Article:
- Illustrations. Multiple illustrations add visual appeal and reinforce learning in each project. An opening section titled "Visual Summary" graphically illustrates the concepts and features included in the project and/or the output you will produce. Each time a new button is introduced, its icon displays in the margin. Screen shots display after key steps for you to check against the results on your monitor. These figures, with ample callouts, make it easy to check your progress.
- Learn-How-to-Learn Focus. Software has become so rich in features that cater to so many diverse needs that it is no longer possible to anticipate and include everything that you might need to know. Therefore, a learn-how-to-learn component is provided as an "essential" element in the series. Selected lessons and end-of-project exercises include accessing onscreen Help for guidance. References to onscreen Help are also included in selected project summaries and "To extend your knowledge..." notes.
How to Use This Book
A project covers one area (or a few closely related areas) of application functionality. Each project consists of six to eight lessons that are related to that topic. Each lesson presents a specific task or closely related set of tasks in a manageable chunk that is easy to assimilate and retain.
Each element in the Web Collaboration book is designed to maximize your learning experience. Following is a list of the project elements and a description of how each element can help you:
- Project Objectives. Starting with an objective gives you short-term, attainable goals. Using project objectives that closely match the titles of the step-by-step tutorials breaks down the possibly overwhelming prospect of learning several new features of an Office XP application into small, attainable, bite-sized tasks. Look over the objectives on the opening page of the project before you begin, and review them after completing the project to identify the main goals for each project.
- Key Terms. Key terms introduced in each project are listed, in alphabetical order, immediately after the objectives on the opening page of the project. Each key term is defined during its first use within the text, and is shown in bold italic within that explanation. Definitions of key terms are also included in the Glossary.
- Why Would I Do This? You are studying Office XP applications so you can accomplish useful tasks. This brief section provides an overview of why these tasks and procedures are important.
- Visual Summary. This opening section graphically illustrates the concepts and features that you will learn in the project. One or more figures, with ample callouts, show the final result of completing the project.
- If You Have Problems... These short troubleshooting notes help you anticipate or solve common problems quickly and effectively. Even if you do not encounter the problem at this time, make a mental note of it so that you know where to look when you (or others) have difficulty.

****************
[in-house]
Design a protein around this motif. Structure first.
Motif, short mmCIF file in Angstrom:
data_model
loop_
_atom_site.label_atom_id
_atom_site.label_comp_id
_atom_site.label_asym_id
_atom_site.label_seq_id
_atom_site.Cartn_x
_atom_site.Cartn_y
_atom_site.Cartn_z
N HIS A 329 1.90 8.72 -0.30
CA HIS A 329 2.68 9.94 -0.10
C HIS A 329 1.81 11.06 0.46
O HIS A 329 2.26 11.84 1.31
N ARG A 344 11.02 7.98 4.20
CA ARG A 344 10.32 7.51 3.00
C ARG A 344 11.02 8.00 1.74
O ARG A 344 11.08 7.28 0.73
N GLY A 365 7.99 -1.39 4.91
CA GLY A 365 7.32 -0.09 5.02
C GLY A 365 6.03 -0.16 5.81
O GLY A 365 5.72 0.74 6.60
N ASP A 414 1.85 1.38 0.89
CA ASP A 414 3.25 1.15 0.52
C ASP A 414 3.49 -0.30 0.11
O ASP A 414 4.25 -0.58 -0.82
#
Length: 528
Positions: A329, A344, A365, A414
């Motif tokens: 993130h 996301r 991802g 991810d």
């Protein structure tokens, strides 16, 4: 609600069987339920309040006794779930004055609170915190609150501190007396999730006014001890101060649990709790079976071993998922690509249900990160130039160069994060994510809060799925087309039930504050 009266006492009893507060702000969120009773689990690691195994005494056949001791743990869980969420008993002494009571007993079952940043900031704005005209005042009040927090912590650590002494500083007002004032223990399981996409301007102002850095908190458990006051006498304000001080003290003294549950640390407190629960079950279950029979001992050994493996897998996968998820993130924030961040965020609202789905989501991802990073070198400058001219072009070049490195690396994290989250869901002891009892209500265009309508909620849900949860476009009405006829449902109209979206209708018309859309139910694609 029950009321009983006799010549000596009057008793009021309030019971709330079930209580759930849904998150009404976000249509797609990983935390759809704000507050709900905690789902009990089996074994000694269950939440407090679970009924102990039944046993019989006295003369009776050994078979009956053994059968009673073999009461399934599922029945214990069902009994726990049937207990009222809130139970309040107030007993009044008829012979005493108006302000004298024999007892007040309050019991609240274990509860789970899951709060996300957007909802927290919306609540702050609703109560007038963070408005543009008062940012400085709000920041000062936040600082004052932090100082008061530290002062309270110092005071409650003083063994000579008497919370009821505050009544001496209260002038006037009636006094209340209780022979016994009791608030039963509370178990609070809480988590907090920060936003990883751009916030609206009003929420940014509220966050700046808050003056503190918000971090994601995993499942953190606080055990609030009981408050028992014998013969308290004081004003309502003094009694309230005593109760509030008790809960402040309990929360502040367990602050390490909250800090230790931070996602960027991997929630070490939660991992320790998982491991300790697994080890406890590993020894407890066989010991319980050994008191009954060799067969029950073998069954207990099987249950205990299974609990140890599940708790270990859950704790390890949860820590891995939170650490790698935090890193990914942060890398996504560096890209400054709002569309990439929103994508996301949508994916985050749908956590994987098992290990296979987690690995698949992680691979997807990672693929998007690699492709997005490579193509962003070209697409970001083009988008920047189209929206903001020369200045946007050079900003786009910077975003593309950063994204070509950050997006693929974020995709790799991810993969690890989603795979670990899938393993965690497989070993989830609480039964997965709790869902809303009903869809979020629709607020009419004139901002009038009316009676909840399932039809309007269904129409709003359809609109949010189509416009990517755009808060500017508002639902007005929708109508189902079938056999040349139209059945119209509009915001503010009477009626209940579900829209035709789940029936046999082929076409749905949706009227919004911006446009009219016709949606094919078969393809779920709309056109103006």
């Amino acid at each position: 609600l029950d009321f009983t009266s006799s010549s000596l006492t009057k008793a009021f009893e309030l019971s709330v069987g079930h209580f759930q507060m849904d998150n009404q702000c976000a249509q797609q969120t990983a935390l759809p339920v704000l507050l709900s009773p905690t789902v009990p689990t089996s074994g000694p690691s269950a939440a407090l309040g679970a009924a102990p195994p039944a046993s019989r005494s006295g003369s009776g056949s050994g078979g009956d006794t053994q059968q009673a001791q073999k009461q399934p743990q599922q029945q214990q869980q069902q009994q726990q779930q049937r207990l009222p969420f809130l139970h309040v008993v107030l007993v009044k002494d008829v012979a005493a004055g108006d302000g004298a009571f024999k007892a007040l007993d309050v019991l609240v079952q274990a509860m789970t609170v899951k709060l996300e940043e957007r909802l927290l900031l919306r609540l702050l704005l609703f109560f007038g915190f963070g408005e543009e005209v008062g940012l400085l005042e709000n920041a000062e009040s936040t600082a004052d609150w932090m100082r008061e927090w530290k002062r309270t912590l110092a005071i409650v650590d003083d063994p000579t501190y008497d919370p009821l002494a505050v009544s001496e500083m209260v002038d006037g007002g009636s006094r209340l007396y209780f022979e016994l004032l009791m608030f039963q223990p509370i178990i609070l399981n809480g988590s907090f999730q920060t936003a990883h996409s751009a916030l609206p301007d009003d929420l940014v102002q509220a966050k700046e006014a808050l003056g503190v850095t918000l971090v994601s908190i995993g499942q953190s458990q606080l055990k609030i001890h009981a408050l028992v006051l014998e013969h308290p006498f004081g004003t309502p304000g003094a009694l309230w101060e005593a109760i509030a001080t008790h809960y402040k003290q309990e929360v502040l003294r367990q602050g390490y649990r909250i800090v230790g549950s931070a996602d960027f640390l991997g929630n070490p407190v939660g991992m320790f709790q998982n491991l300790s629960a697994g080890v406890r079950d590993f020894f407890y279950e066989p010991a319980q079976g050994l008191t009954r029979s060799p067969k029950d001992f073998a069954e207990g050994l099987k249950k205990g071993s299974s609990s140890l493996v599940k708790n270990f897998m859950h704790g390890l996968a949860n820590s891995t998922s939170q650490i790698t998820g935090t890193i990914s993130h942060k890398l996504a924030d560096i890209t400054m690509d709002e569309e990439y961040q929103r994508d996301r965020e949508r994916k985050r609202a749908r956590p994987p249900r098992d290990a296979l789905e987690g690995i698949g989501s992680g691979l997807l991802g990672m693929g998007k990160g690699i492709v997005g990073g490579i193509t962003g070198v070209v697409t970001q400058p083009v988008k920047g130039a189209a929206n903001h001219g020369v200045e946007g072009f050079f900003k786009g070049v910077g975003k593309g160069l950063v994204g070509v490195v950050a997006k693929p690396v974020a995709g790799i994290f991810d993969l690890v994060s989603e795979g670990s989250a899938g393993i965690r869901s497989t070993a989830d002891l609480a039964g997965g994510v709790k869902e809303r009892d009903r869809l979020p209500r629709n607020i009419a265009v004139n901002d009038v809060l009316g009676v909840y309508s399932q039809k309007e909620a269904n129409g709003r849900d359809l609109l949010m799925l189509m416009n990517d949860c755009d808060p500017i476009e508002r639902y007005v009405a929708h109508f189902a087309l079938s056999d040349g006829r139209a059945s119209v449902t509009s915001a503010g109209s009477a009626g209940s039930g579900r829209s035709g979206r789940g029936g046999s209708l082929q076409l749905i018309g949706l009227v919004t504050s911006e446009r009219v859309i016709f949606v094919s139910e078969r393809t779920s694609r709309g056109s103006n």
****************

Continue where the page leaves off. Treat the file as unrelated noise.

- To Extend Your Knowledge... Many lessons end with "To extend your knowledge..." comments. These notes provide extra tips, shortcuts, alternative ways to complete a process, and special hints about using the software.
Typeface Conventions Used in This Book
Web Collaboration uses the following conventions to make it easier for you to understand the material.
- Key terms appear in italic and bold the first time they are defined in a project.
- Monospace type appears frequently and looks like this. It is used to indicate text that you are instructed to key in.
- Italic text indicates text that appears onscreen as (1) warnings, confirmations, or general information; (2) the name of a file to be used in a lesson or exercise; and (3) text from a dialog box that is referenced within a sentence, when that sentence might appear awkward if the dialog box text were not set off.
- Hotkeys are indicated by underline. Hotkeys are the underlined letters in menus, toolbars, and dialog boxes that activate commands and options, and are a quick way to choose frequently used commands and options. Hotkeys look like this: File, Save.
Accessing Student Data Files
The data files that students need to work through the projects can be downloaded from the Custom PHIT Web site (www.prenhall.com/customphit). Data files are provided for each project. The filenames correspond to the filenames called for in this book. The files are named in the following manner: The first character indicates the book series (e=essentials); the second character denotes the application (w=Word, e=Excel, and so forth); and the third character indicates the level (1=Level 1, 2=Level 2, and 3=Level 3). The last four digits indicate the project number and the file number within the project. For example, the first file used in Project 3 would be 0301. Therefore, the complete name for the first file in Project 3 in the Word Level 1 book is ewl-0301. The complete name for the third file in Project 1 of this book is exp-0103.doc.
- Customize Your Book (www.prenhall.com/customphit). The Prentice Hall Information Technology Custom PHIT Program gives professors the power to control and customize their books to their course needs. The best part is that it is done completely online using a simple interface.
Professors choose exactly what projects they need in the essentials Office XP series, and in what order they appear. The program also allows professors to add their own material anywhere in the text's presentation, and the final product will arrive at each professor's bookstore as a professionally formatted text.
To learn more about this new system for creating the perfect textbook, go to www.prenhall.com/customphit, where you can go through the online walkthrough of how to create a book.
- Instructor's Resource CD-ROM. This CD-ROM includes the entire Instructor's Manual for each application in Microsoft Word format. A computerized testbank is included to create tests, maintain student records, and provide online practice testing. Student data files and completed solutions files are also on this CD-ROM. The Instructor's Manual contains a reference guide of these files for the instructor's convenience. PowerPoint slides, which give more information about each project, are also available for classroom use.
- Test Manager. Prentice Hall Test Manager is an integrated, PC-compatible test-generation and classroom-management software package. The package permits instructors to design and create tests, maintain student records, and provide online practice testing for students. Prentice Hall has also formed close alliances with each of the leading online platform providers: WebCT, Blackboard, and our own Pearson CourseCompass.